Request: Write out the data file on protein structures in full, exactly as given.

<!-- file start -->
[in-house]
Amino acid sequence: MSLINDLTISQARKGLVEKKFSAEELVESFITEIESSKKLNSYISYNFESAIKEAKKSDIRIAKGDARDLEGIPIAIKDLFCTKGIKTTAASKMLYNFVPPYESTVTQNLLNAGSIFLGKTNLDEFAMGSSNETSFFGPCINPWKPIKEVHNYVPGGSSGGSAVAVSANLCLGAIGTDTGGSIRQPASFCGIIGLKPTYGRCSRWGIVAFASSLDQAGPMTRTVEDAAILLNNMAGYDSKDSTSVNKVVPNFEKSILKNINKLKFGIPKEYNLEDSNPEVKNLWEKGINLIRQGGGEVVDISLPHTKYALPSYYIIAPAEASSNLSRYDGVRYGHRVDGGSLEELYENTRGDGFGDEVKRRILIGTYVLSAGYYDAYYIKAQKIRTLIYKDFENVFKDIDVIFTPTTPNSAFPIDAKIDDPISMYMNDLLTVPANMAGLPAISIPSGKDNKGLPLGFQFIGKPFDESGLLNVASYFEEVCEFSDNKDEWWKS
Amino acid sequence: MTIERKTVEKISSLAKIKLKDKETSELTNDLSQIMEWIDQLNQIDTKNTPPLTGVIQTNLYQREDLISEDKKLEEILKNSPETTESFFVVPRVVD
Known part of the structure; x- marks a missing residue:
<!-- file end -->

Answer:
[in-house]
Amino acid sequence: MSLINDLTISQARKGLVEKKFSAEELVESFITEIESSKKLNSYISYNFESAIKEAKKSDIRIAKGDARDLEGIPIAIKDLFCTKGIKTTAASKMLYNFVPPYESTVTQNLLNAGSIFLGKTNLDEFAMGSSNETSFFGPCINPWKPIKEVHNYVPGGSSGGSAVAVSANLCLGAIGTDTGGSIRQPASFCGIIGLKPTYGRCSRWGIVAFASSLDQAGPMTRTVEDAAILLNNMAGYDSKDSTSVNKVVPNFEKSILKNINKLKFGIPKEYNLEDSNPEVKNLWEKGINLIRQGGGEVVDISLPHTKYALPSYYIIAPAEASSNLSRYDGVRYGHRVDGGSLEELYENTRGDGFGDEVKRRILIGTYVLSAGYYDAYYIKAQKIRTLIYKDFENVFKDIDVIFTPTTPNSAFPIDAKIDDPISMYMNDLLTVPANMAGLPAISIPSGKDNKGLPLGFQFIGKPFDESGLLNVASYFEEVCEFSDNKDEWWKS
Amino acid sequence: MTIERKTVEKISSLAKIKLKDKETSELTNDLSQIMEWIDQLNQIDTKNTPPLTGVIQTNLYQREDLISEDKKLEEILKNSPETTESFFVVPRVVD
Known part of the structure; x- marks a missing residue: